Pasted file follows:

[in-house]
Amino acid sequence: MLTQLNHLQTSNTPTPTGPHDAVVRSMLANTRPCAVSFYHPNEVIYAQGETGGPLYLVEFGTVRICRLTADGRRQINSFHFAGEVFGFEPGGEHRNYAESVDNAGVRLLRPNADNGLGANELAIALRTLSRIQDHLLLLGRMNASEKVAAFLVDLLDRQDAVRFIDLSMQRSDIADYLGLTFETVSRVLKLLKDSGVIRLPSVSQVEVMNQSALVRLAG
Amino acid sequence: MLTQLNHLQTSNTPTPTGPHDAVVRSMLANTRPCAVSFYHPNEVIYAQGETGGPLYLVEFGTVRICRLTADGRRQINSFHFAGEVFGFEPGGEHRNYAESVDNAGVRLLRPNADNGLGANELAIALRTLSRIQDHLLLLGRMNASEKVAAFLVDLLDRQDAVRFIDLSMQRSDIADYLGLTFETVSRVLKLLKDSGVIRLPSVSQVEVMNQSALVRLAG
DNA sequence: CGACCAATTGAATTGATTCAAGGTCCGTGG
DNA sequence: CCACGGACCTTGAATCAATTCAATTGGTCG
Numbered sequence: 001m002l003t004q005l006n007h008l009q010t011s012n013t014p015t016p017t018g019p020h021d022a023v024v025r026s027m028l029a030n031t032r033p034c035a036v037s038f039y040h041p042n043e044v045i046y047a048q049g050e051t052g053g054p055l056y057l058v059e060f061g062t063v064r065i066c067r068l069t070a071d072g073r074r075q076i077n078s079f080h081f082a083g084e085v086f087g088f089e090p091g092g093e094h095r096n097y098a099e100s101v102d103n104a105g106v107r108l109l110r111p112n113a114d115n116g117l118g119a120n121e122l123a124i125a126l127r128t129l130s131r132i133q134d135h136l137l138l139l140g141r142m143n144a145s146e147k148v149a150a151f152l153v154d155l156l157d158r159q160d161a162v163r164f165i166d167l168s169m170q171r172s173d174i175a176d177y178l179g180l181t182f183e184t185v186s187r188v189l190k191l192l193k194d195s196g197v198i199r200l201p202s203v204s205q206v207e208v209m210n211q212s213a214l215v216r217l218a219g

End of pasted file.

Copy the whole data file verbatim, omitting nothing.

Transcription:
[in-house]
Amino acid sequence: MLTQLNHLQTSNTPTPTGPHDAVVRSMLANTRPCAVSFYHPNEVIYAQGETGGPLYLVEFGTVRICRLTADGRRQINSFHFAGEVFGFEPGGEHRNYAESVDNAGVRLLRPNADNGLGANELAIALRTLSRIQDHLLLLGRMNASEKVAAFLVDLLDRQDAVRFIDLSMQRSDIADYLGLTFETVSRVLKLLKDSGVIRLPSVSQVEVMNQSALVRLAG
Amino acid sequence: MLTQLNHLQTSNTPTPTGPHDAVVRSMLANTRPCAVSFYHPNEVIYAQGETGGPLYLVEFGTVRICRLTADGRRQINSFHFAGEVFGFEPGGEHRNYAESVDNAGVRLLRPNADNGLGANELAIALRTLSRIQDHLLLLGRMNASEKVAAFLVDLLDRQDAVRFIDLSMQRSDIADYLGLTFETVSRVLKLLKDSGVIRLPSVSQVEVMNQSALVRLAG
DNA sequence: CGACCAATTGAATTGATTCAAGGTCCGTGG
DNA sequence: CCACGGACCTTGAATCAATTCAATTGGTCG
Numbered sequence: 001m002l003t004q005l006n007h008l009q010t011s012n013t014p015t016p017t018g019p020h021d022a023v024v025r026s027m028l029a030n031t032r033p034c035a036v037s038f039y040h041p042n043e044v045i046y047a048q049g050e051t052g053g054p055l056y057l058v059e060f061g062t063v064r065i066c067r068l069t070a071d072g073r074r075q076i077n078s079f080h081f082a083g084e085v086f087g088f089e090p091g092g093e094h095r096n097y098a099e100s101v102d103n104a105g106v107r108l109l110r111p112n113a114d115n116g117l118g119a120n121e122l123a124i125a126l127r128t129l130s131r132i133q134d135h136l137l138l139l140g141r142m143n144a145s146e147k148v149a150a151f152l153v154d155l156l157d158r159q160d161a162v163r164f165i166d167l168s169m170q171r172s173d174i175a176d177y178l179g180l181t182f183e184t185v186s187r188v189l190k191l192l193k194d195s196g197v198i199r200l201p202s203v204s205q206v207e208v209m210n211q212s213a214l215v216r217l218a219g